Peoplesoft failed to meet analysts? expectations for its fourth fiscal quarter and said it does not expect to see significant growth again until the second half of its new financial year.
For its fourth quarter, which ended 31 December, 1998, the enterprise resource planning (ERP) applications vendor saw revenues increase to $364.2 million from $260.6 million last time.
Profits were flat at $40 million or $0.16 per share compared with $39.5 million or $0.16 per share in the year ago quarter. Earnings came in $0.01 behind the First Call analysts? consensus estimate.
After a $13.9 million charge related to Peoplesoft?s acquisition of Intrepid Systems, however, income fell to only $0.10.
As a result, the firm announced it was laying off 430 staff or six per cent of its total workforce and redeploying 100 others in an attempt to refocus its business on potential growth areas.
Some 90 per cent of the job cuts will come from headquarters in Pleasanton, California, mainly in the area of field operations, which includes administration and sales and marketing support services.
Peoplesoft is also creating a new centralised direct sales organisation to focus on initiatives that it hopes will have high revenue potential for the Millenium. These include its new analytical applications, the Peoplesoft Business Network ebusiness packages and its outsourcing business.
Al Castino, Peoplesoft?s chief financial officer, said: "The key thrust of our new sales organisation is to gain momentum in new sales areas and its also a vehicle to sell into our installed base. Many vendors are in a bit of a fink over the last quarter?s drop in IT spending, but we?re making a strategic investment that is going to play out in 2000 and beyond."
He added: "We expect a 20-25 per cent increase in revenues over the next quarter, which we?re very pleased with in a terribly uncertain year for the industry. The key to look at will be our product introductions. We?re building a pipeline, but there?ll be no revenues from them until the second half of the fiscal year and comparing the second half will be easier than the first."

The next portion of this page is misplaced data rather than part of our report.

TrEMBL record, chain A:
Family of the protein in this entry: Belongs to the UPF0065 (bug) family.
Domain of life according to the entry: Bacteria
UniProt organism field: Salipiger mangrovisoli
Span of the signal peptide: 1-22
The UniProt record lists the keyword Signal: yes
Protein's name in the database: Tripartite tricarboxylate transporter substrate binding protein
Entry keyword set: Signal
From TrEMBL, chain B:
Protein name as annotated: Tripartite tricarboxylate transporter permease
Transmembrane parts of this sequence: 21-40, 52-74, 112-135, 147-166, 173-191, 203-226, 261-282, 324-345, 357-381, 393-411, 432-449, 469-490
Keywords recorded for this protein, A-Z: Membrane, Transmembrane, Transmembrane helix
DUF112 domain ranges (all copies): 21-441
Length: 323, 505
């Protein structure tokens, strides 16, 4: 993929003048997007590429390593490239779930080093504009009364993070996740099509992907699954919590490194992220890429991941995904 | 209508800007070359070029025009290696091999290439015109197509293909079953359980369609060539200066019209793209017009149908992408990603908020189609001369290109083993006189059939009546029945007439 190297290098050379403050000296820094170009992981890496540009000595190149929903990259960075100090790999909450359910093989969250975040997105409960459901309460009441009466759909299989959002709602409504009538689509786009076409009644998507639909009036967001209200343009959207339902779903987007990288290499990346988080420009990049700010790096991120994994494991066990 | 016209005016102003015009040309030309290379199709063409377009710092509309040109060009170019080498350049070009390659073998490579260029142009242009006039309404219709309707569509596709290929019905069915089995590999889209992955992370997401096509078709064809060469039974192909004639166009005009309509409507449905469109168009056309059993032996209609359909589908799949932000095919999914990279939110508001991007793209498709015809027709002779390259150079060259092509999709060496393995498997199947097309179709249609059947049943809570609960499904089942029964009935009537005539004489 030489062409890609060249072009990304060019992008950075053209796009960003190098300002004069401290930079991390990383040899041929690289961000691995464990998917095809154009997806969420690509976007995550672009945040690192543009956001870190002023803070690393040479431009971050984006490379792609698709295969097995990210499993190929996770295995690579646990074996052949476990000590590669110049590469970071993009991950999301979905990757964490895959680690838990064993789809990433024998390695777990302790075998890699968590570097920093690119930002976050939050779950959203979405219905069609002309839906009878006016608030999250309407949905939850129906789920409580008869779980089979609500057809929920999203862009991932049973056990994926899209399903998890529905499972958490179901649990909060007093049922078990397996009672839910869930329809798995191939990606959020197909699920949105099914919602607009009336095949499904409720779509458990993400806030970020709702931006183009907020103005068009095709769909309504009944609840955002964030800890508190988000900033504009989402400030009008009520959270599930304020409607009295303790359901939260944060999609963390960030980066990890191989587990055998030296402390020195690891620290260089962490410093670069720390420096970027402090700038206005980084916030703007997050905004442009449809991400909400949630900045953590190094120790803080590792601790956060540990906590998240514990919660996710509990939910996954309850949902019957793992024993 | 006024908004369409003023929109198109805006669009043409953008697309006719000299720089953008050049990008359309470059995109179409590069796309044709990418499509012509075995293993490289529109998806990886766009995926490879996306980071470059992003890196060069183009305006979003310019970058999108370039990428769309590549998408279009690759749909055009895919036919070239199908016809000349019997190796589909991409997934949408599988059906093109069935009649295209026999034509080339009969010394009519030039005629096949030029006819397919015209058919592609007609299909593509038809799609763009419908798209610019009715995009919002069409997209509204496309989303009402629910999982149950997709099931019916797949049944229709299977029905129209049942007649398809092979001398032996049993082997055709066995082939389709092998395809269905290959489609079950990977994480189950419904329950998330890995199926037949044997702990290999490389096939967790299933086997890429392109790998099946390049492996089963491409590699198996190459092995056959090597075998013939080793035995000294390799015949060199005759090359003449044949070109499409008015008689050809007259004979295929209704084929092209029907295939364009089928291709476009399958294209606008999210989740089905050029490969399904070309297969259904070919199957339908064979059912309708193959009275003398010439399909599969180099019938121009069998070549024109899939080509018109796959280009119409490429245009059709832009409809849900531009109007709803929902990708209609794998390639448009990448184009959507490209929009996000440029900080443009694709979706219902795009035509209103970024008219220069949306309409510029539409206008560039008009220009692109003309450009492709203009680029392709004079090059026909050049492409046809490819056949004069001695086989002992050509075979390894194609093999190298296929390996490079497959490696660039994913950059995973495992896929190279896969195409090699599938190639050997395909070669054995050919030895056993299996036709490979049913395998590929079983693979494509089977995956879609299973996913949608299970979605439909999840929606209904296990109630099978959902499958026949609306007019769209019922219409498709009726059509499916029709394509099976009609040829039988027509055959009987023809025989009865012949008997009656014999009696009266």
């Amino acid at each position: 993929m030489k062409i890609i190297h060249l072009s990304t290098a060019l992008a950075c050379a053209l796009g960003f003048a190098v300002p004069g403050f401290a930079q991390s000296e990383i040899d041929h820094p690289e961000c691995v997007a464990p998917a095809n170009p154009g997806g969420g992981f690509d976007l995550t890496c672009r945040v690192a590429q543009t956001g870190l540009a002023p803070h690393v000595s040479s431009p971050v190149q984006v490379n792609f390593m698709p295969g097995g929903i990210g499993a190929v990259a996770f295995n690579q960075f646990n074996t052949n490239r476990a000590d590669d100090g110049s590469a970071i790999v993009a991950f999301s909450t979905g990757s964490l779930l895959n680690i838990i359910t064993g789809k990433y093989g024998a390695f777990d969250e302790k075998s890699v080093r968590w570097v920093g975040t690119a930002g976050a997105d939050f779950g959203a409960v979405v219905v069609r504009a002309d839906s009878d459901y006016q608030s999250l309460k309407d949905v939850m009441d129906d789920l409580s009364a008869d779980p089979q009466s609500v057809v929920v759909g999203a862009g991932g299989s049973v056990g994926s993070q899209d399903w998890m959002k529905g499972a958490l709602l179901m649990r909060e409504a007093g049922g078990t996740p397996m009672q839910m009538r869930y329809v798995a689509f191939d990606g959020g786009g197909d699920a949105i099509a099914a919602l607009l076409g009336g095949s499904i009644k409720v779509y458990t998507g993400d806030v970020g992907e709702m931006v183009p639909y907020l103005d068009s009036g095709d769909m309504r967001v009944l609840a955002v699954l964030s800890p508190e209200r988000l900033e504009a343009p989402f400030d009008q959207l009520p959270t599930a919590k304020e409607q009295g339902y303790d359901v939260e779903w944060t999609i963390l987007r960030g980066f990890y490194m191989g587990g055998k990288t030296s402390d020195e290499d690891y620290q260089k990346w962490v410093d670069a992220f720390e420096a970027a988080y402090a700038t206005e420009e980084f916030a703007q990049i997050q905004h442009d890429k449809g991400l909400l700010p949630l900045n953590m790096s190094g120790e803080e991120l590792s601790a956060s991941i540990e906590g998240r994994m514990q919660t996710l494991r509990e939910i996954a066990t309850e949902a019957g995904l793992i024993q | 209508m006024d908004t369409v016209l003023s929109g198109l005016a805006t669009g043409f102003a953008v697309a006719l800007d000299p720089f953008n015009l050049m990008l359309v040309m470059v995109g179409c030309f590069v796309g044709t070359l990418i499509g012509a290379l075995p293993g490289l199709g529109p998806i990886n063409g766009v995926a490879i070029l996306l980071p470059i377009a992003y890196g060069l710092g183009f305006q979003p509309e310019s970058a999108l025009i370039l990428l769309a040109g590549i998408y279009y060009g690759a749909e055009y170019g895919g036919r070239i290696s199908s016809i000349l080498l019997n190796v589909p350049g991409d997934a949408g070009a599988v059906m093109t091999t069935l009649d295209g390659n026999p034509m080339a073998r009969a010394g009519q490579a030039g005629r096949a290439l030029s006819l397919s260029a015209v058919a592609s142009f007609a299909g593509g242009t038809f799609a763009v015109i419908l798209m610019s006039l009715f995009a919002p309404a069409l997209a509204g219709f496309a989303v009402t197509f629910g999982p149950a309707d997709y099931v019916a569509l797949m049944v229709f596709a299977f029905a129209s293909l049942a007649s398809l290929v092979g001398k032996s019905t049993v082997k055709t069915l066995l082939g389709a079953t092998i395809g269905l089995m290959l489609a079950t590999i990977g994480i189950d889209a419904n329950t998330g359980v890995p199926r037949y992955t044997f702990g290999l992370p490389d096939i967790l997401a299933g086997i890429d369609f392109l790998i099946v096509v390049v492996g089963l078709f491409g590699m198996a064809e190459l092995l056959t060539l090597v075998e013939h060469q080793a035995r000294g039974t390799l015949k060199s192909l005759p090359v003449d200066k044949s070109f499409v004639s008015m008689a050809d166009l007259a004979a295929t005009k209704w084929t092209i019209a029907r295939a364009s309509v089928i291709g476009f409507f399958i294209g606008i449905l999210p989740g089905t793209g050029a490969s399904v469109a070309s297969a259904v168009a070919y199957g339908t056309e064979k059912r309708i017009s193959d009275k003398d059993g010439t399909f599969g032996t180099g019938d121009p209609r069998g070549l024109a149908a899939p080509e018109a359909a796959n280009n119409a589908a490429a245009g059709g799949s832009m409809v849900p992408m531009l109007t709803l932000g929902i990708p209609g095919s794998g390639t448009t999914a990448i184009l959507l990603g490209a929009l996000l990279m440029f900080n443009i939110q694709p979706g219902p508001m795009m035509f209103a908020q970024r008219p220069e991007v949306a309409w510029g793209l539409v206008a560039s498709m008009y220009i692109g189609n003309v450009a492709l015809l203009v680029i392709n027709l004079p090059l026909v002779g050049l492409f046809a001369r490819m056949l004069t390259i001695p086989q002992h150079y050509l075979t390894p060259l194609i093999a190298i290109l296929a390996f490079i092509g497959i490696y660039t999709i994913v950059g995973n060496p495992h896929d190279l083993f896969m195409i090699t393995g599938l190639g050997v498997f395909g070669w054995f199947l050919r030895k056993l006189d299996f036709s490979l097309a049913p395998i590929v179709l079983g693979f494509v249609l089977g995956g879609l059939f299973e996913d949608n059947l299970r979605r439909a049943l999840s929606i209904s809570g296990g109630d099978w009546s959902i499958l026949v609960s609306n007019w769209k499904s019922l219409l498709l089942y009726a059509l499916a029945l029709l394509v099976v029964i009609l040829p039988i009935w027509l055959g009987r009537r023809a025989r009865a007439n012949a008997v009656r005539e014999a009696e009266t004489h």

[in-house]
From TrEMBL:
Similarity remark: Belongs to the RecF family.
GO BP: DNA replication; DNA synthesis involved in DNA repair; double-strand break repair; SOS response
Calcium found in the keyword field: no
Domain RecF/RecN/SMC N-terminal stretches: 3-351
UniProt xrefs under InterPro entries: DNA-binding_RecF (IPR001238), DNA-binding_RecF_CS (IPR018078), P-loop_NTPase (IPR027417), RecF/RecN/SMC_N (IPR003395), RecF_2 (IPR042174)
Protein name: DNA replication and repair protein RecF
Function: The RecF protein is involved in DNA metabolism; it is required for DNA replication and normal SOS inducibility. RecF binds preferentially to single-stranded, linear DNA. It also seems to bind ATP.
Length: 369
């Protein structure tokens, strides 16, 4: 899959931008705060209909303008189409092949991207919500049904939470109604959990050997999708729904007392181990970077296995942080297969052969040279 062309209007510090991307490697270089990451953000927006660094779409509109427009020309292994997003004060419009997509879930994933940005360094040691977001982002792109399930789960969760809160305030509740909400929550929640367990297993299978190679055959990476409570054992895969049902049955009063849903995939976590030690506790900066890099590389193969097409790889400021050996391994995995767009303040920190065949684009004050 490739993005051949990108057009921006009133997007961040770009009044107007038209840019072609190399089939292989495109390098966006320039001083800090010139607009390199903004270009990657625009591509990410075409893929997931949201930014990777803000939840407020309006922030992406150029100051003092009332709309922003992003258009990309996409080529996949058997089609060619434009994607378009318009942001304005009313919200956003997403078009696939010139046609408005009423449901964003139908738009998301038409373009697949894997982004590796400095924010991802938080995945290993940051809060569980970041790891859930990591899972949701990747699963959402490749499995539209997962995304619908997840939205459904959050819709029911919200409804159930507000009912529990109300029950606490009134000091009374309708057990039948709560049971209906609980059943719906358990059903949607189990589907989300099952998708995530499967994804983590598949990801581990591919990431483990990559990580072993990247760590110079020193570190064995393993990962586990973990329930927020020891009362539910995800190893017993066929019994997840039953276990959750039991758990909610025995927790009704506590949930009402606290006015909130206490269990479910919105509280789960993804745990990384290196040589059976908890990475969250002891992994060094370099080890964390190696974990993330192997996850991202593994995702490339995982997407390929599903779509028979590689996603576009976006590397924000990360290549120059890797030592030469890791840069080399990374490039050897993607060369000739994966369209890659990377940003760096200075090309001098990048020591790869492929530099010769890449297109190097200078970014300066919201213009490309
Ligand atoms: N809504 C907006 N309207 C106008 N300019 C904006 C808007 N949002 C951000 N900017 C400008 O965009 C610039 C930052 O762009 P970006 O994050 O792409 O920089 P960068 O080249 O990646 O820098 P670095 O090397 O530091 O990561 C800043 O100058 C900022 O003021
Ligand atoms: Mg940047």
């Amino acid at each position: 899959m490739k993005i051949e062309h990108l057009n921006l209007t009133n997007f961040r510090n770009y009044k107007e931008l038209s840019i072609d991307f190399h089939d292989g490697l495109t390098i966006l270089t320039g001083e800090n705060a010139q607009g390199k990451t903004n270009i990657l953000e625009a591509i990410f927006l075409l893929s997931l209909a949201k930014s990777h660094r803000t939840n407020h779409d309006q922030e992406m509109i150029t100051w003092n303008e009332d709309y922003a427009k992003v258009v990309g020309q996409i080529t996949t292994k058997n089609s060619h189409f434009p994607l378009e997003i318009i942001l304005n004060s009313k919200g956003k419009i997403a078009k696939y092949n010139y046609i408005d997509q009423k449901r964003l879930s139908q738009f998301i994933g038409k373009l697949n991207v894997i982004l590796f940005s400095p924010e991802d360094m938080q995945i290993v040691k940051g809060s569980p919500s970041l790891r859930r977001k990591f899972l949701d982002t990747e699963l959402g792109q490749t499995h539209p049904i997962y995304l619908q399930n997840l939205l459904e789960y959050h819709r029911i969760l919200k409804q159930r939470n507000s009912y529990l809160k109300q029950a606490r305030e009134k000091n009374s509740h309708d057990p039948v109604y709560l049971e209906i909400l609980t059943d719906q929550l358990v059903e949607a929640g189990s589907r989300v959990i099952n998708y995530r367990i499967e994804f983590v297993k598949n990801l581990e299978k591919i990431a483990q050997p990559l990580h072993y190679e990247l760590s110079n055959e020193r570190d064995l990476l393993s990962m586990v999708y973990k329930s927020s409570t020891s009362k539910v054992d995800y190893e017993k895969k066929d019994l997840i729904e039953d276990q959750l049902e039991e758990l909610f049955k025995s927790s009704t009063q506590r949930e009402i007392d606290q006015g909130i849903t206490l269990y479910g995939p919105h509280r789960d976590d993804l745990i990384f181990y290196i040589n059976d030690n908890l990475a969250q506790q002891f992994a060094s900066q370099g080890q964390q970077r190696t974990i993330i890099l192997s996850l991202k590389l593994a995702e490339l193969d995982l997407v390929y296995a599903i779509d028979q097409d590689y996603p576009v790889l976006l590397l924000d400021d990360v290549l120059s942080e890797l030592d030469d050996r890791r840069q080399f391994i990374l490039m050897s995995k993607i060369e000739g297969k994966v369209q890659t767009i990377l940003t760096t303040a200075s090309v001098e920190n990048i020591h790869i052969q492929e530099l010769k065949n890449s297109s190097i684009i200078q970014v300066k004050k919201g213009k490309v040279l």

In the past, the supplier has seen sales growth in the 70 per cent range, and Dave Duffield, Peoplesoft?s chief executive, had forecast annual growth rates of 50-60 per cent for the fiscal year just gone(see VNU Newswire, 5 February, 1998).
But Castino attributed the market slowdown to the usual Year 2000 problems and global economic woes, although he also admitted the firm was facing more intense market competition than it had previously, and was suffering from considerably lower degrees of "visibility and associated confidence levels" than it had in prior years.
It would appear that Peoplesoft is also expecting a difficult first fiscal quarter, however.
The company anticipates taking a $6 million hit for the staff it is axing, and a further one off $175 million charge related to the spin off of its Momentum research and development arm and the distribution of Momentum?s stock to Peoplesoft shareholders (see VNU Newswire, 14 January, 1999).
As a result, it expects profits to be about 15 per cent lower than the comparable year ago quarter?s earnings of $33.8 million or $0.13 per share.
It is also currently in the throes of responding to a letter from the Securities and Exchange Commission (SEC) relating to the charge made for its acquisition of Pman in 1996.
It is likewise clearing the accounts it submitted to the SEC for its purchase of Intrepid made in the fourth quarter of last year. Peoplesoft acknowledged that the review may cause it to restate its 1996, 1997 and 1998 financial statements.
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